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May 13, 2022updated 30 Sep 2022 11:19am

MoJ ‘Reporters’ Charter’ sets out rights for journalists covering UK courts

By Bron Maher

The Ministry of Justice has published a “reporters’ charter”, a document listing in one place the “rights” journalists should be afforded during court reporting.

The charter’s introduction comes amid recent warnings about the availability of “open justice” in the UK.

The charter launched on Wednesday at the Society of Editors’ “Future of News” conference.

Speaking at the event, ITN head of legal and compliance John Battle – who wrote to The Times in November 2021 proposing the charter – said it would be a “working tool” for journalists to use in court.

“I think there is increasing recognition within the courts and the judiciary that courts need reporters, because the public get their information from journalists…

“And in order to have the rule of law, for the public to understand how justice works, work with judges and work with the courts, they need information”.

Developed by HM Courts & Tribunals Service and the Media Lawyers Association, the charter summarises “the rights and obligations journalists have when reporting judicial proceedings”.

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Those rights include:

  • the ability to attend open court and tribunal proceedings, including those with reporting restrictions
  • remote access to proceedings when physical attendance is available “but access cannot be guaranteed”
  • the ability to take notes wherever a reporter is sat in the courtroom
  • the ability to use phones and laptops
  • the ability to publish “most details of what happens in court on social media platforms… subject to the same legal restrictions as any form of court reporting”
  • the provision of wifi and, normally, dedicated press seats
  • to be notified of reporting restriction applications and given an opportunity to make representations, either in writing or orally.

The disparate way in which media court rights are presented has reportedly led to confusion on the part of reporters and judges as to what journalists are and are not entitled to.

Battle told Parliament’s Justice Committee in January: “If you’re going along every day to the courts and you’re finding it difficult to find which reporting restriction you’re supposed to be applying or not, or you’re not being given access to documents which you’re entitled to, it’s not going to encourage reporters.”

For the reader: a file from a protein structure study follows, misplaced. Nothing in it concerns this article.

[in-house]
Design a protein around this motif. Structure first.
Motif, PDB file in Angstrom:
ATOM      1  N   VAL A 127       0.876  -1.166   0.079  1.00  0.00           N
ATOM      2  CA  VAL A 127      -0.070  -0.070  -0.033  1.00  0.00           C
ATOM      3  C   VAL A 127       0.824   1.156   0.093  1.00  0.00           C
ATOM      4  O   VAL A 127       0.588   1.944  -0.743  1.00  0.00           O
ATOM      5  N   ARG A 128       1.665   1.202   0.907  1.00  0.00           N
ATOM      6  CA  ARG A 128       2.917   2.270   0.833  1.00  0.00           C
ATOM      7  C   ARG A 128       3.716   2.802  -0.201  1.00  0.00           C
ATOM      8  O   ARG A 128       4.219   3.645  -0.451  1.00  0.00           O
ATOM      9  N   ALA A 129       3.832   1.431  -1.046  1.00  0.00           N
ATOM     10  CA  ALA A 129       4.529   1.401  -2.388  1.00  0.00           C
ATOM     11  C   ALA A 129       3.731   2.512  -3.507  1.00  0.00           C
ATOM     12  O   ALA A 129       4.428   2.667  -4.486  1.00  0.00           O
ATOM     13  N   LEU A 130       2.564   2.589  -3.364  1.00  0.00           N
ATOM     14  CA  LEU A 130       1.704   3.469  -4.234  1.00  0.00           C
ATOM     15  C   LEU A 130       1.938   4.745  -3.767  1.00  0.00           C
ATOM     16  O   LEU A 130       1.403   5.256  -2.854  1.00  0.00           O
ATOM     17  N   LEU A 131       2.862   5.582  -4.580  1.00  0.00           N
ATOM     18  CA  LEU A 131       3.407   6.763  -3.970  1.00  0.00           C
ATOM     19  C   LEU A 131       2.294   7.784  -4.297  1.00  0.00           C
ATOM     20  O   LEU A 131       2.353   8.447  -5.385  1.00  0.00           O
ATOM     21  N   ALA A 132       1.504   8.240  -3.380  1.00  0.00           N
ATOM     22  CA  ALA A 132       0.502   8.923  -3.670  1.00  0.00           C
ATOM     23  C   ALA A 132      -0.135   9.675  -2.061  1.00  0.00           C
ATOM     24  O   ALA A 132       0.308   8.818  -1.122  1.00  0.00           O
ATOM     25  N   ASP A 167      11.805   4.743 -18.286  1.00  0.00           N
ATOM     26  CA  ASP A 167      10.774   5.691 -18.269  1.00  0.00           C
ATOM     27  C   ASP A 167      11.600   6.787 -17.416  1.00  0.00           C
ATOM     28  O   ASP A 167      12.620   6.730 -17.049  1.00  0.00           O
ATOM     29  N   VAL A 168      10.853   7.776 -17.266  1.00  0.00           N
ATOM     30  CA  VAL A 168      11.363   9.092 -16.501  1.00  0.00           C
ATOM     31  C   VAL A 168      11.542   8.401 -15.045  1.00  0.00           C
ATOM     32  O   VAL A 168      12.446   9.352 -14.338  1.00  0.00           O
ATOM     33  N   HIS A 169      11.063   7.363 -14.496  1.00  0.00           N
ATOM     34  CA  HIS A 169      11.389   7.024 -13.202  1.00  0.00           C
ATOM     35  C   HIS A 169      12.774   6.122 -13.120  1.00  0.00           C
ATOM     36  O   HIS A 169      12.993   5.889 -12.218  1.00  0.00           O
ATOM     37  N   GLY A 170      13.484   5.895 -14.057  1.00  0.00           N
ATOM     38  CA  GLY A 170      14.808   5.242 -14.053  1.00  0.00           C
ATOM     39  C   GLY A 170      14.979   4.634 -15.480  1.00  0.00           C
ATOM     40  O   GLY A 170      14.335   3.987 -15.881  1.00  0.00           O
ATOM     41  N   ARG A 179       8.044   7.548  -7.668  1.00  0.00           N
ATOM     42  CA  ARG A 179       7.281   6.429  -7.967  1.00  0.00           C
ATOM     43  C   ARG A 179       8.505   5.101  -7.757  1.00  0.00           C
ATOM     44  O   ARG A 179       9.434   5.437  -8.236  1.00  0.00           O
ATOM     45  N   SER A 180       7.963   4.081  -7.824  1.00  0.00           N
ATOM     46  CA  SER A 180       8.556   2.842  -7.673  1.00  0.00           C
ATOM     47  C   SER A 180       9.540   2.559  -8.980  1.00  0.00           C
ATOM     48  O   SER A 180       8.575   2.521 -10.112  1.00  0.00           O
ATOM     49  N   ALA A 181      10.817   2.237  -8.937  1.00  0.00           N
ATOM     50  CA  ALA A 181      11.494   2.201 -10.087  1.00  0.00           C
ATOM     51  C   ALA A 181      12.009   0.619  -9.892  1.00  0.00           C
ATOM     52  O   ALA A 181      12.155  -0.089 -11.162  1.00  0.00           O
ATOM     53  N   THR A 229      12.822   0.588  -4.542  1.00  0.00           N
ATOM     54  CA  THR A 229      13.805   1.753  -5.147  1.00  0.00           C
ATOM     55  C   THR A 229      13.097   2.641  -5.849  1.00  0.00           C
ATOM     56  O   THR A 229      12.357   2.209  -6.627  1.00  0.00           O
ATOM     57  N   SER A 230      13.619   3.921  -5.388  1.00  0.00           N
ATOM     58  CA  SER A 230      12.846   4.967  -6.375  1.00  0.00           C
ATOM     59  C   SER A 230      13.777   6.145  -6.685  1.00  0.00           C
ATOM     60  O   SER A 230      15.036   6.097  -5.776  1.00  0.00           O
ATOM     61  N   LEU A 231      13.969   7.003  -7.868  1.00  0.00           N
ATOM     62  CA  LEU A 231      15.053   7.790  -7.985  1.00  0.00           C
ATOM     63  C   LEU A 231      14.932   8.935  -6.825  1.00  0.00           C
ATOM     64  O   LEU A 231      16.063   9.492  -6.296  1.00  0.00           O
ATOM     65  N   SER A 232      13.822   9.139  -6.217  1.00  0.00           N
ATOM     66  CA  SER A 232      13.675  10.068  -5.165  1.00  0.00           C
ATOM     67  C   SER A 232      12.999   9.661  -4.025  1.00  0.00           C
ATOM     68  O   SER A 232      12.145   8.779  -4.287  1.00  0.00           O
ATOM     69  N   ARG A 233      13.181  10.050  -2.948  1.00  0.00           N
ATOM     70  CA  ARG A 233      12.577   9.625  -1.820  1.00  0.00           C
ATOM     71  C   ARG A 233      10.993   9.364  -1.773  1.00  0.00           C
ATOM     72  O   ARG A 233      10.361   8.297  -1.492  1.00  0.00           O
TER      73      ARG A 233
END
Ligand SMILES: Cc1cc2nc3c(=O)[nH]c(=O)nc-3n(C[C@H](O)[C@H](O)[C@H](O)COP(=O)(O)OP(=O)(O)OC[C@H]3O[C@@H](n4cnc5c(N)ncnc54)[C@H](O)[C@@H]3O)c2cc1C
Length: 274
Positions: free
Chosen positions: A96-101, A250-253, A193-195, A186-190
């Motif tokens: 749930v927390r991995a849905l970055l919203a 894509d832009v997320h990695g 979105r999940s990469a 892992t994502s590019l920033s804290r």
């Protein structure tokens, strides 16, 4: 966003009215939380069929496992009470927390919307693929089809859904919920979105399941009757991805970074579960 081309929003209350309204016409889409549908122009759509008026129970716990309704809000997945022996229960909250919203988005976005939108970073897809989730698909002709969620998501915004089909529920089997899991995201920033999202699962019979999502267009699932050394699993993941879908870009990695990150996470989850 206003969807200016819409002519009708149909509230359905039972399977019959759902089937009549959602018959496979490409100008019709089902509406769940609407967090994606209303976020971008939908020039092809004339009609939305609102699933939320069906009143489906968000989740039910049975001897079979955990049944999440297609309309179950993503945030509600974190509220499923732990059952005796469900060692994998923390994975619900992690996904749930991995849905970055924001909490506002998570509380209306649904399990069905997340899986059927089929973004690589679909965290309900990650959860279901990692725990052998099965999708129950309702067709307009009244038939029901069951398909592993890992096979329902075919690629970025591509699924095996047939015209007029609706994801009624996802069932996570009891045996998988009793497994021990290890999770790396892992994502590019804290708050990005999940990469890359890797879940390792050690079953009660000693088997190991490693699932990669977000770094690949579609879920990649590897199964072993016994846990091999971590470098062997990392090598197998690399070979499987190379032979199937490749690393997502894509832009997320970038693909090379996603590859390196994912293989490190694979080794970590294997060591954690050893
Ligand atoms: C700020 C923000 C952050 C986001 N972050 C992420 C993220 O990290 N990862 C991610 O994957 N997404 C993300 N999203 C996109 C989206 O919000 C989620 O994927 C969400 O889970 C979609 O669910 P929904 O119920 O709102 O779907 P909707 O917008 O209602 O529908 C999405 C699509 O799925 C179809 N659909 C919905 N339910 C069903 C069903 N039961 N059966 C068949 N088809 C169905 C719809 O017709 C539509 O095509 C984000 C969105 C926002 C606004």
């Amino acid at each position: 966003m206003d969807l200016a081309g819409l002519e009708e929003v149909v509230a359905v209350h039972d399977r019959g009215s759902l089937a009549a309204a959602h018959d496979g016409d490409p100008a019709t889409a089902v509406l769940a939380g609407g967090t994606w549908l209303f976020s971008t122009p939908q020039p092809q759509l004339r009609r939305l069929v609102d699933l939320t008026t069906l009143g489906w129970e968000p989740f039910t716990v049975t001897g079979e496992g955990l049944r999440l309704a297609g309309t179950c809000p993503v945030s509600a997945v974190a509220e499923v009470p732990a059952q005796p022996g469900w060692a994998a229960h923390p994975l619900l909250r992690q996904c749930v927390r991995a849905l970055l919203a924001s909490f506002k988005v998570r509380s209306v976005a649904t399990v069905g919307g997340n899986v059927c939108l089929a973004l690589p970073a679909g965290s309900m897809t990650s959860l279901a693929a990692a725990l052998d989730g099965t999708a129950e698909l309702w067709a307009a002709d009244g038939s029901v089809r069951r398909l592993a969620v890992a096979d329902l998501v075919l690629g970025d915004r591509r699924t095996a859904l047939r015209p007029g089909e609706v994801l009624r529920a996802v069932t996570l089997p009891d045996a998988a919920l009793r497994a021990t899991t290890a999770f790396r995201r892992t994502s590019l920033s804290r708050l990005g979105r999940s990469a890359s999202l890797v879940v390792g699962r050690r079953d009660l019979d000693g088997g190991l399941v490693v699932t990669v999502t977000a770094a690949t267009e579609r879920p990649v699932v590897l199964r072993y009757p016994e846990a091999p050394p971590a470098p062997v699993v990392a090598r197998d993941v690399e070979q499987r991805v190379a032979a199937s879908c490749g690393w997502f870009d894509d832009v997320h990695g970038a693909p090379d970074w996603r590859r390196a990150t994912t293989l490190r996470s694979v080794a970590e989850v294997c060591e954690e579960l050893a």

But, Battle said on Wednesday, the reporters’ charter is an authoritative document which can be presented when such rights are in question.

“This is a document which has been approved and has the stamp of the Ministry of Justice on it – not just the Media Lawyers Association and the Society of Editors talking amongst ourselves, this is the Ministry of Justice.”

Justice Minister James Cartlidge said in a statement: “Justice has to be seen to be done to maintain public confidence and the media play a vital role as their eyes and ears in the courts.

“This Charter will help ensure reporters retain the access to courts and information they require to keep the public informed.”

Society of Editors executive director Dawn Alford said: “We congratulate the Media Lawyers Association and HMCTS on this achievement. The Society is delighted to endorse, promote and distribute the Charter.”

The charter’s introduction follows warnings that “open justice” is being challenged by cuts to local reporting and the pandemic-induced move to online magistrate hearings. 

[Read more: UK journalists fear online magistrate hearings will mean ‘justice in the dark’]

The charter can be accessed online here.

Picture: Press Gazette

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